We catch up with Dr David White of Glasgow University to ask what he’s doing with a mini cloud made out of Raspberry Pi and Lego
There are lots of fun things you can do with those lovely bite-size Raspberry-Pi machines. You can program games, create a time-lapse photography system, or even use them as base stations for mobile networks.
Back in 2012, engineers from University of Southampton, assisted by a six-year-old boy, rather impressively constructed a supercomputer using 64 Raspberry Pis and some Lego.
Researchers at the University of Glasgow have taken a different approach. Using 56 of the credit card-sized machines, they’ve built a small cloud-like data centre, on an initial investment of just £4,000. Have a look at it in all its Lego-based glory in the gallery below.
But why bother building a Raspberry-Pi Cloud in the first place? Are they just showing off? Should IT managers beg for a bigger Lego budget? We caught up with Dr David White of the University’s School of Computing Science to talk about what they’re doing with their creation and how big they plan to make it.
When did you start building it?
We had the idea in early 2012, and the project funding was granted by the Chancellor’s Fund for Teaching and Learning here at Glasgow about a year ago. We started physically constructing the main PiCloud (as opposed to prototypes) in October 2012.
Take us through the process of how you came up with the idea, how you decided on architecture and any problems you’ve had.
Well, we’d been working on cloud computing and trying to evaluate our research ideas. Simulation is a popular way of evaluating work and teaching concepts, but it is also often criticised for a lack of accuracy and realism. Previously, Dr Posco Tso had constructed a physical testbed using commodity PCs, but it was becoming unmanageable, expensive, noisy and hot – necessitating relocation to a machine room. We needed something more.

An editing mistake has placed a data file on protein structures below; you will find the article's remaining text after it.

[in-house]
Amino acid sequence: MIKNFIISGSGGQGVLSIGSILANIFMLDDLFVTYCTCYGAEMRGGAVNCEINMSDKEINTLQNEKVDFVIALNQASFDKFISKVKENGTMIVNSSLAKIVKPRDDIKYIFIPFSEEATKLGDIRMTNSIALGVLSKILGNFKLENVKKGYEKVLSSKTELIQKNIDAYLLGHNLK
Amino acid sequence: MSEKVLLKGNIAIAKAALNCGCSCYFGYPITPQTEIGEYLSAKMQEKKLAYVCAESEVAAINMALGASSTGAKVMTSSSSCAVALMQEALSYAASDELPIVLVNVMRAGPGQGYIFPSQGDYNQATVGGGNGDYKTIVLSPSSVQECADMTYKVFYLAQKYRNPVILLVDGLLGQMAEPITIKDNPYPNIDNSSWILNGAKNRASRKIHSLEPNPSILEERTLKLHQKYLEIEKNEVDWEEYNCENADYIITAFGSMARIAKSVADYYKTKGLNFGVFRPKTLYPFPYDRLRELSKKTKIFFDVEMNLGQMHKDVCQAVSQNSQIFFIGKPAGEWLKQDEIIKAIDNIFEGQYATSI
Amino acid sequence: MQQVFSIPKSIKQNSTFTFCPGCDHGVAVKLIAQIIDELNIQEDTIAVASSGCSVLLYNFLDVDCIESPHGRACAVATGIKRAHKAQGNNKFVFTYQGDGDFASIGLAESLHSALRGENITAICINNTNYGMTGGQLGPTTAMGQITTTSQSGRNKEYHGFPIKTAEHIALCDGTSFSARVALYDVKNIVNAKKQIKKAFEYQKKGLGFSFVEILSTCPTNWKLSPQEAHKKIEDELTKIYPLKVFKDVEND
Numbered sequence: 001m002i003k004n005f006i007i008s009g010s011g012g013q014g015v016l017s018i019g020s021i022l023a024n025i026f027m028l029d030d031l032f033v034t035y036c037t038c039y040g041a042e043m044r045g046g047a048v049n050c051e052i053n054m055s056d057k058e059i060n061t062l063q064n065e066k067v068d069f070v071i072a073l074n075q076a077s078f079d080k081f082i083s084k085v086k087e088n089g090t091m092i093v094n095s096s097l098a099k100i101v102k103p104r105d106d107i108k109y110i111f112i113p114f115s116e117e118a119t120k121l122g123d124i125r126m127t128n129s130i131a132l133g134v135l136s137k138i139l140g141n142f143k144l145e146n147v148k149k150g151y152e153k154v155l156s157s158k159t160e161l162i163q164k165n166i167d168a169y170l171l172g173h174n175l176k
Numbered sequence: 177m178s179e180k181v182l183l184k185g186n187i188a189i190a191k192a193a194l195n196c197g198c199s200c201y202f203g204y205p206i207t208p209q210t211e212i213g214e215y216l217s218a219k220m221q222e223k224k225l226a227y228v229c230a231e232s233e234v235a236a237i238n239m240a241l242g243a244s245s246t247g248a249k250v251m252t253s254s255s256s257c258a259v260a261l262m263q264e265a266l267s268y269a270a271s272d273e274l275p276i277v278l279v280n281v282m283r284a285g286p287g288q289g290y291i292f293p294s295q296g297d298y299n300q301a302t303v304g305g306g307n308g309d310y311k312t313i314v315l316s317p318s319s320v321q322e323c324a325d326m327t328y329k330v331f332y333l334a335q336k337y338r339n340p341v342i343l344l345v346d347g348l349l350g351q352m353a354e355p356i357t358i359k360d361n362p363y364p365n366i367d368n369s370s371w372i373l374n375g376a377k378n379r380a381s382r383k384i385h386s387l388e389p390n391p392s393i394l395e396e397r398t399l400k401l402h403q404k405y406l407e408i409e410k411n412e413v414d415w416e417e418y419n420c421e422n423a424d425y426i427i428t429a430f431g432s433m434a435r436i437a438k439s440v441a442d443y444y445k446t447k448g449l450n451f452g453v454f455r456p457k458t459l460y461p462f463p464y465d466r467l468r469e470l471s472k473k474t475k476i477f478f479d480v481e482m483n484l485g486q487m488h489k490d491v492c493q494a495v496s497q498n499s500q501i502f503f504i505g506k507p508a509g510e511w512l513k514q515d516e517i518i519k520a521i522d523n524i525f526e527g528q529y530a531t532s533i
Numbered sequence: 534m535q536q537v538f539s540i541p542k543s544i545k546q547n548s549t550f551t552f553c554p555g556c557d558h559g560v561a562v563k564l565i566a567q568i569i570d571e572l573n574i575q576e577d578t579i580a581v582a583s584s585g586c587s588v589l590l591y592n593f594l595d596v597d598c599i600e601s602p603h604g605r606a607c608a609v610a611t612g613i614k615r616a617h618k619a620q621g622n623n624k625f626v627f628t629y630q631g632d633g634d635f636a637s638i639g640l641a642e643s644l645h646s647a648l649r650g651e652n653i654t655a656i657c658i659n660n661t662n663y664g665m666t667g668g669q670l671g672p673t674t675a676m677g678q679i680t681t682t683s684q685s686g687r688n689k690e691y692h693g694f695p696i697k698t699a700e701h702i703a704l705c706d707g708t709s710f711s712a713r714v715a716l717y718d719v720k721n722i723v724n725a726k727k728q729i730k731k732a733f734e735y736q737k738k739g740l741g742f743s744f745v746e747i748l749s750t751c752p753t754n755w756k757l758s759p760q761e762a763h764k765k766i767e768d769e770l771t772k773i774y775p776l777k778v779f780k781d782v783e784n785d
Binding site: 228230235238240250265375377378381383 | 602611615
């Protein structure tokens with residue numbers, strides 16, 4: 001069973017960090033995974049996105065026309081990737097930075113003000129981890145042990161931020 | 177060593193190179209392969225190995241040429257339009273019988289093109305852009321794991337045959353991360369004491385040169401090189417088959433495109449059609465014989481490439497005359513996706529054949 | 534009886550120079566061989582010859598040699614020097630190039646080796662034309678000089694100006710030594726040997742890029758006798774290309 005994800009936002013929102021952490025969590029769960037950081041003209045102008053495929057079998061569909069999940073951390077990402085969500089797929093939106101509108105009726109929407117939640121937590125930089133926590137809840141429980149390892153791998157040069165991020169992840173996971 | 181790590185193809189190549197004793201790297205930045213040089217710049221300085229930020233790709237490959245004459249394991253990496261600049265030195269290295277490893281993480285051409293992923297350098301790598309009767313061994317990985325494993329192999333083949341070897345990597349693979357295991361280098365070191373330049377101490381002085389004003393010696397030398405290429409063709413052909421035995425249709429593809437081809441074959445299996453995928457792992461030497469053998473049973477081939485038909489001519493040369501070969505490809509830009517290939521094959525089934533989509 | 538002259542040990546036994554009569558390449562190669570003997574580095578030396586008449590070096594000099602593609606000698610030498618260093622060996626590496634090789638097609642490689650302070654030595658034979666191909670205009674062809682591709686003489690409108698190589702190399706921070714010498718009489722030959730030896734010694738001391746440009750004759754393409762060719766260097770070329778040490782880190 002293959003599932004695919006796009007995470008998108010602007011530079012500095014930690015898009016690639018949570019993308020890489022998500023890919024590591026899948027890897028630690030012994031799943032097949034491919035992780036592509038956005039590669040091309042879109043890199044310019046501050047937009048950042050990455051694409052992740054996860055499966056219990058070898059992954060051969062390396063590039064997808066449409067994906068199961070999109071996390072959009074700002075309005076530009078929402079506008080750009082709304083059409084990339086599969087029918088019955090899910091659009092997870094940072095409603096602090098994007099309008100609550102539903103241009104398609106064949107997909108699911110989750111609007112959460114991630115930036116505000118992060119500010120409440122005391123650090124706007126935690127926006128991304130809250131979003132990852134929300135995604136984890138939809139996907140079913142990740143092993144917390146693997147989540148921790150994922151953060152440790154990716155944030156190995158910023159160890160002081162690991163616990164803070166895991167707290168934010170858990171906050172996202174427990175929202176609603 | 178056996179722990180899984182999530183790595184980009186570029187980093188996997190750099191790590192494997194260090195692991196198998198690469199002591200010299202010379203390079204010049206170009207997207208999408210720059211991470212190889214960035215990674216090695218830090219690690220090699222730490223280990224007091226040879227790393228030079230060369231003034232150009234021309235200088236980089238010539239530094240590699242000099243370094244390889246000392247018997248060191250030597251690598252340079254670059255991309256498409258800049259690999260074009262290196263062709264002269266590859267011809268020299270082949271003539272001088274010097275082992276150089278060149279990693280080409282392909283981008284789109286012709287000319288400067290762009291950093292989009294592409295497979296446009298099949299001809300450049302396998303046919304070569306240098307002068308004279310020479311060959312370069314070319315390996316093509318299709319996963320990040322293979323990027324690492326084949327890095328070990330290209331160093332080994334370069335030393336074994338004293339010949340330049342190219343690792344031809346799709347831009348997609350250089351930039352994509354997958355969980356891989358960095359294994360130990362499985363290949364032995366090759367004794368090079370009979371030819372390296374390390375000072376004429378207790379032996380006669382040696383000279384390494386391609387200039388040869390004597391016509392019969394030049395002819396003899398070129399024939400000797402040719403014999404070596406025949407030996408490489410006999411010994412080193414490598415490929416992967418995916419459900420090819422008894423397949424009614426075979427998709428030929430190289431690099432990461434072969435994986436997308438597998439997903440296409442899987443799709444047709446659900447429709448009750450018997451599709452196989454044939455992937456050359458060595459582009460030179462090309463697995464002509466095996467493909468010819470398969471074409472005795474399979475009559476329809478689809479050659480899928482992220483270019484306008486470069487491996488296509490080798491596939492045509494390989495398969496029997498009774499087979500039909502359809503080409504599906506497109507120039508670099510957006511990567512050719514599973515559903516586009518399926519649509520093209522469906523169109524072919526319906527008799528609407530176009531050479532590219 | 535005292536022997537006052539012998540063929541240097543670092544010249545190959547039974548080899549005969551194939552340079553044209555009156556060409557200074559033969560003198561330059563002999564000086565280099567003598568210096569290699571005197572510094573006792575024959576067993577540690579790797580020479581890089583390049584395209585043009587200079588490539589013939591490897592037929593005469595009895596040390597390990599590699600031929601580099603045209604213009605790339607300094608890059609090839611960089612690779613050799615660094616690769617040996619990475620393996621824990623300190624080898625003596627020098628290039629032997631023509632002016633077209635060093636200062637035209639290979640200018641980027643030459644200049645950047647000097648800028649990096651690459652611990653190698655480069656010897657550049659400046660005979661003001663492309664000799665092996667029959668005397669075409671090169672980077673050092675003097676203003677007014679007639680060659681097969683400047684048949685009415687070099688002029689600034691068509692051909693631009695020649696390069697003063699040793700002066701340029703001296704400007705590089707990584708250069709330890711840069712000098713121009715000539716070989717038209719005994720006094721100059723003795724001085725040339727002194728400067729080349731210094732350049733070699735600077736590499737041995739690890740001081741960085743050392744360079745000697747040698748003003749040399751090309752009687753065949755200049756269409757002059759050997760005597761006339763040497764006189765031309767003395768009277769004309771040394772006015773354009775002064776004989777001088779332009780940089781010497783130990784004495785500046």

We realised at the same time that teaching cloud computing was limited to a “black box” approach simply using commercial cloud services rather than students getting “under the hood” and seeing how they might engineer a cloud. There’s a parallel between this problem and the issue of “hermetically sealed” computing – that today’s kids are no longer exposed to hardware or to an underlying operating system in the same way that perhaps was common in the 1980s. The Raspberry Pi project set out to address this issue and appeared at the same time as we were thinking about the cloud, and the two ideas combined to produce a really great platform.
It’s more than just that, though. We also wanted to do something different, try something new – no-one had to produce a “scale model” like this before, and we were interested to see whether it was possible, and how successful it would be. The response from the students has been overwhelmingly positive, and we’re looking forward to seeing how having this platform available can enhance our research.
In terms of problems – the first was to get hold of enough Raspberry Pi devices! There’s been so much enthusiasm about the Raspberry Pi! Selecting hardware components and designing the physical arrangement took quite a bit of time – but the students at Glasgow enjoy a challenge and have been working hard, with some of them spending their spare time constructing the PiCloud.
What kinds of processes have you been running on it?
Hadoop, artificial workloads, and lightweight webservers such as lighttpd. This is not a computation cluster.
How far do you want it to scale out?
In terms of the number of Pi devices? I don’t see any immediate bottlenecks… we’d like to take it up to 1000 and I don’t see any insurmountable technical problems with doing this.
What hypervisors are you using?
None – we’re using Linux Containers (LXC), so in effect our “hypervisor” is a single Linux kernel, which then shares the machine between multiple (somewhat isolated) containers, each containing a Linux distribution.
Is it feeding back into other storage systems and how is it connected to other networks?
We use the onboard SD cards for most storage, although we intend to move to network storage. It’s linked to a single controlling PC, which obviously has large space available.
Do you think this proves you don’t need to spend extraordinary sums to get a private cloud up and running in a business?
I don’t think so – it’s not computationally powerful enough to function as a commercial cloud. The main limits on the Pi’s are RAM (256MB, now 512MB – most of our’s are 256MB) and the clock speed.
Think you can design something special with a Raspberry Pi? Enter our Office Gadget competition and you can get £250 worth of kit to build it!